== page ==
Genius Ideas for Disaster-Proofing Heirlooms and Mementos in Your Home


Karen Baker will never forget September 26, 2015. Like a lot of moms, she was spending her Saturday shopping for back-to-school clothes for her two kids, when her cell phone rang. A neighbor was calling. "Get home now," she told Karen. “Your house is on fire."

Air might be your best friend after water damage

Because mold forms so quickly, the sooner you can safely gain access to a flooded home, the better. Immediately open doors and windows to get air circulating through the home. "If possible, spread out your valuables, bring in dehumidifiers and fans, and keep the temperature low by turning the heat down or using air conditioners," says Bernier, who notes you will need a generator to run these appliances if electricity in your area has not been restored.

Don't stack  —  fan out books and papers

Soaked documents and books will probably develop water stains, but you can avoid further damage by fanning them on a table to dry. Lay papers flat; fan out the pages of books and set them upright. "When the book no longer feels damp, place it flat with weight on top to minimize warping," advises Bernier, who notes this technique does not work on books with glossy pages, which may require professional restoration. One resource Bernier recommends is the American Institute for Conservation of Historic and Artistic Works (AIC), a membership organization for professional conservators, which has an extensive list of members by region.

Never blot artwork

Do not attempt to blot dry a wet work of art, as this could damage the surface. Instead, lay it flat and let it air dry. Try to get four to eight inches of space underneath the artwork using blocks, and direct fans away from the surface. Also, don't panic if the piece has been submerged in water. AIC's Smith once recovered paintings from the walls of a room in Marfa, Texas, that had been flooded to the ceiling. "Once dry, the paintings, which were soggy, dried out nicely and required no additional work," she says.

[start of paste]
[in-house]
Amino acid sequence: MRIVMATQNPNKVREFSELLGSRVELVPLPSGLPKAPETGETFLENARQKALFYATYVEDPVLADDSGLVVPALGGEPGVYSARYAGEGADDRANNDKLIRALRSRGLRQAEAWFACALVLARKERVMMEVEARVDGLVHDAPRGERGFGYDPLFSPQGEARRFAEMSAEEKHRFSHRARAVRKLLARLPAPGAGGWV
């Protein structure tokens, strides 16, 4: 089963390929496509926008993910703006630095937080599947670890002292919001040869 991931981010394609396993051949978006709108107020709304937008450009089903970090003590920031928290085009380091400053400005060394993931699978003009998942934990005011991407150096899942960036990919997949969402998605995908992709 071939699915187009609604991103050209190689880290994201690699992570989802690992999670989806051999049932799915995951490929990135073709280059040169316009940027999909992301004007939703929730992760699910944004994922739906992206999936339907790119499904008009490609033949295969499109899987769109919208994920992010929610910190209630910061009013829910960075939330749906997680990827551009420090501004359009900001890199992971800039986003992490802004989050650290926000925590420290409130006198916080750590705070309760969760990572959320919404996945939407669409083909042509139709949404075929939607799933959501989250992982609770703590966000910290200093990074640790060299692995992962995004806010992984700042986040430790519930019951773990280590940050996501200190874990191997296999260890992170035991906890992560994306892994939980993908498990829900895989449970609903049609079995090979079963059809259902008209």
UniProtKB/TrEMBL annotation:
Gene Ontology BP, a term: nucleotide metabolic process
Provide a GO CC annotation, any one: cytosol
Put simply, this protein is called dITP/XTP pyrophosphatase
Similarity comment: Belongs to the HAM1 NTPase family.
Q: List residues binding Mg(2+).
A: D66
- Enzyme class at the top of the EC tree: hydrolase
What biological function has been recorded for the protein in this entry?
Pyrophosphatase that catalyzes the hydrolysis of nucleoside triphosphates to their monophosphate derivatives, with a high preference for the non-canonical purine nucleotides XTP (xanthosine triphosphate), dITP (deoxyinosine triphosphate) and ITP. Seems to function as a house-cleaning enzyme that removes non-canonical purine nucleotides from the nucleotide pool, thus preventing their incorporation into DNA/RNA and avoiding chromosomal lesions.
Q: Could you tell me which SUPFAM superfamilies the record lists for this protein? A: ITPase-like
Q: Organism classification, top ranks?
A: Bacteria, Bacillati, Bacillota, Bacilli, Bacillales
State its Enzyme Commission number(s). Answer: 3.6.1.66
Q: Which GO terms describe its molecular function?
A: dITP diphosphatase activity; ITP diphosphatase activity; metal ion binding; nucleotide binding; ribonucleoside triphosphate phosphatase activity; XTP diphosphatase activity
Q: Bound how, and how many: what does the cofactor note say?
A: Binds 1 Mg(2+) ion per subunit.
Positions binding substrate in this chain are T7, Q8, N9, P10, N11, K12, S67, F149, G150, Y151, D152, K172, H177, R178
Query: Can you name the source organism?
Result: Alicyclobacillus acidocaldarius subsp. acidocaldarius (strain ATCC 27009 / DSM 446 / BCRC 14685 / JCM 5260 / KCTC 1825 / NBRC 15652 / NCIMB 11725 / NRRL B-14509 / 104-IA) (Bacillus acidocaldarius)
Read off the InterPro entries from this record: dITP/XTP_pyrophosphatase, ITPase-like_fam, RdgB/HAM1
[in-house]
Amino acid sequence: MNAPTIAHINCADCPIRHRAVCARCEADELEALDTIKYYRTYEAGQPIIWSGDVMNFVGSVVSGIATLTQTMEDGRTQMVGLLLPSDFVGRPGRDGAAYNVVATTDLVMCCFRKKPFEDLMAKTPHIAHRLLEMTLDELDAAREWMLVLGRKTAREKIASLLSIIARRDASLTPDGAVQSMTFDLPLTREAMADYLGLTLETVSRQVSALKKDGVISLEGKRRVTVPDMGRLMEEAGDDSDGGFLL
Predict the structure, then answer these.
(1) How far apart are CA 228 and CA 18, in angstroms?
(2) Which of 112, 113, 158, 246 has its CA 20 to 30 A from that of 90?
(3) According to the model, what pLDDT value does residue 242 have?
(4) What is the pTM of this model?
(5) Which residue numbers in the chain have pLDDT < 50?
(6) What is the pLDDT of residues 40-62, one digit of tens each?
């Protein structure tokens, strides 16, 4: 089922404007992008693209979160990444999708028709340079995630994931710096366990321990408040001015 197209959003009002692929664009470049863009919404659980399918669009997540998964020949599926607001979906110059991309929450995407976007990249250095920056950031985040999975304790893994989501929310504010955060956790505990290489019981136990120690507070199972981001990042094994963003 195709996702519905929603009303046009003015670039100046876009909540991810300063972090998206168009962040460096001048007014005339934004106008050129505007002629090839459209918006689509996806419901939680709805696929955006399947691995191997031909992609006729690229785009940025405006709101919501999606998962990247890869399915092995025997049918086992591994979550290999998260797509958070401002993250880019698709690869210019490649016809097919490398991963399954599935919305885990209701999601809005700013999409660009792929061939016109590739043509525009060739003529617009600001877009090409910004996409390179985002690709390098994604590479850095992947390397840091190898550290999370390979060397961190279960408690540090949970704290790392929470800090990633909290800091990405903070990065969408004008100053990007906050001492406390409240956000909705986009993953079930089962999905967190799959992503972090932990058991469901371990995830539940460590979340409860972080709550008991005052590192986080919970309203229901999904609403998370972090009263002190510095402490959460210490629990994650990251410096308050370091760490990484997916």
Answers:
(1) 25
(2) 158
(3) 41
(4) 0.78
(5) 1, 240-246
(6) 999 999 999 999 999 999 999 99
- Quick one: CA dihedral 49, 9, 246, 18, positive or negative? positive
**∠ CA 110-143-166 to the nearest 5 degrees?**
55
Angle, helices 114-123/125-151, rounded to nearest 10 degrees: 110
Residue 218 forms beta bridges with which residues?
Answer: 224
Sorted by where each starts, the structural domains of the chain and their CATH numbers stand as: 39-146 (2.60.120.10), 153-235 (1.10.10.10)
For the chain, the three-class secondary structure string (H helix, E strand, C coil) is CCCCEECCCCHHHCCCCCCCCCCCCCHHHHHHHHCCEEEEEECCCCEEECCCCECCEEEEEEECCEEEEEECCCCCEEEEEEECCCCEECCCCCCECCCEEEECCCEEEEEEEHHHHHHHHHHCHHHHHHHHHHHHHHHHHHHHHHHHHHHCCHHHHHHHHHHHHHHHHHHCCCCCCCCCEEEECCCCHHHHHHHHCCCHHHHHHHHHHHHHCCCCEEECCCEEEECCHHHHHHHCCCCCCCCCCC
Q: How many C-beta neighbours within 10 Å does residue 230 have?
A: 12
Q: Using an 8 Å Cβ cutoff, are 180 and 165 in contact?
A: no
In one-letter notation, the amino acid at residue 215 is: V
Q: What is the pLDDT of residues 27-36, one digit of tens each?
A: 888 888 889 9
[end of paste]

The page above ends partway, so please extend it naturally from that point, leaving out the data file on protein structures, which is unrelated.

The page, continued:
Storage matters

Avoid storing photos and important documents in basements or attics, where conditions can speed chemical deterioration.

If you can't air-dry wet photos, put them in the freezer

Wet photos should be dried face up, with nothing stacked on top. Because this process requires an enormous amount of room, Bernier shares another option if you can't air-dry wet photos or find adequate space: freeze wet photos until you have time or space to deal with them. Individual photos can be placed in zip-top plastic bags; if you have entire boxes and albums that are wet, secure them in plastic wrap and tape any seams. When you're ready to dry the photos, defrost them in the plastic to keep them damp, then gently separate with clean fingers. For tricky separations, slip a butter knife between photos. 

If your photos have dried and stuck together or are stuck to pages in a photo album, do not try to pull them apart. Bernier recommends contacting a conservator, who may be able to re-humidify or submerge them in water to separate them.

Air-dry antique furniture, wooden surfaces and jewelry 

Often, in the wake of a disaster, a homeowner's first instinct might be to wipe down wet furniture, wooden floors, and metal objects or surfaces with a towel or mop after a flood or water damage. But disturbing wet surfaces can damage the varnish and cause scratches. "The least amount of physical contact, the better," says Smith. 

Furniture should be air-dried, slowly and out of the sun, to help avoid warping, Smith says. Remove the drawers and items inside drawers to facilitate drying. Only attempt cleaning once the object is dry. "Using a vacuum with a HEPA filter and a soft brush to guide the dirt and debris into the nozzle," says Smith. "Avoid using vacuum attachments because they're too rough." 

Anything metal and exposed to fresh water should be air-dried and taken to a professional cleaner or conservator, says Smith. Saltwater can corrode metal objects exposed to air, so items that have been soaking in a storm surge should be kept submerged, if possible. "Keep it wet until a conservator can desalinate it," says Smith. 

Because of particulates and toxicity, Bernier says valuable fire-damaged objects should be handled by professionals. If you decide to DIY, Bernier warns against water or cleaning solutions, which can push soot deeper into the object. Instead, she recommends using specialty soot sponges, which are inexpensive and available online. "Cut them into roughly two-inch cubes so they are easier to handle and can pick up more soot," she advises.

Genius Ideas for Disaster-Proofing Heirlooms and Mementos in Your Home